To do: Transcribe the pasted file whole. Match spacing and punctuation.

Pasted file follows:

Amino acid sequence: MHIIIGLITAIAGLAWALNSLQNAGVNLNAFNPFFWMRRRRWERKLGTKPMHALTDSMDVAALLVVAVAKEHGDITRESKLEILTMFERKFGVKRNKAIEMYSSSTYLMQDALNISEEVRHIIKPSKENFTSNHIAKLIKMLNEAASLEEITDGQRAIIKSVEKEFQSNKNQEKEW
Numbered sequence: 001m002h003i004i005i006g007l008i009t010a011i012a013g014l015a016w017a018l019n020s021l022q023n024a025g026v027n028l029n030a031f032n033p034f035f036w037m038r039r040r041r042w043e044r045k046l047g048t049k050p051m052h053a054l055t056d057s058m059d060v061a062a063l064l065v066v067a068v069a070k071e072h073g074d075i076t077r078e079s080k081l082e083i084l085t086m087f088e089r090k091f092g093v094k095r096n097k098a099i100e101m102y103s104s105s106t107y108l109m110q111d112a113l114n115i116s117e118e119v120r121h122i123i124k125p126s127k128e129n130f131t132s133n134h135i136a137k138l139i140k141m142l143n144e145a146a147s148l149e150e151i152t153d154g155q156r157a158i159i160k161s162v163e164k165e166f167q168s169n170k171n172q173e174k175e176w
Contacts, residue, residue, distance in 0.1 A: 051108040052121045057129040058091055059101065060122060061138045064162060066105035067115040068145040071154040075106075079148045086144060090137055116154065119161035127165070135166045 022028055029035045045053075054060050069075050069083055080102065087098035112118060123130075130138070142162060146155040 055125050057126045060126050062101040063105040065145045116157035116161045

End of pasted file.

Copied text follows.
Amino acid sequence: MHIIIGLITAIAGLAWALNSLQNAGVNLNAFNPFFWMRRRRWERKLGTKPMHALTDSMDVAALLVVAVAKEHGDITRESKLEILTMFERKFGVKRNKAIEMYSSSTYLMQDALNISEEVRHIIKPSKENFTSNHIAKLIKMLNEAASLEEITDGQRAIIKSVEKEFQSNKNQEKEW
Numbered sequence: 001m002h003i004i005i006g007l008i009t010a011i012a013g014l015a016w017a018l019n020s021l022q023n024a025g026v027n028l029n030a031f032n033p034f035f036w037m038r039r040r041r042w043e044r045k046l047g048t049k050p051m052h053a054l055t056d057s058m059d060v061a062a063l064l065v066v067a068v069a070k071e072h073g074d075i076t077r078e079s080k081l082e083i084l085t086m087f088e089r090k091f092g093v094k095r096n097k098a099i100e101m102y103s104s105s106t107y108l109m110q111d112a113l114n115i116s117e118e119v120r121h122i123i124k125p126s127k128e129n130f131t132s133n134h135i136a137k138l139i140k141m142l143n144e145a146a147s148l149e150e151i152t153d154g155q156r157a158i159i160k161s162v163e164k165e166f167q168s169n170k171n172q173e174k175e176w
Contacts, residue, residue, distance in 0.1 A: 051108040052121045057129040058091055059101065060122060061138045064162060066105035067115040068145040071154040075106075079148045086144060090137055116154065119161035127165070135166045 022028055029035045045053075054060050069075050069083055080102065087098035112118060123130075130138070142162060146155040 055125050057126045060126050062101040063105040065145045116157035116161045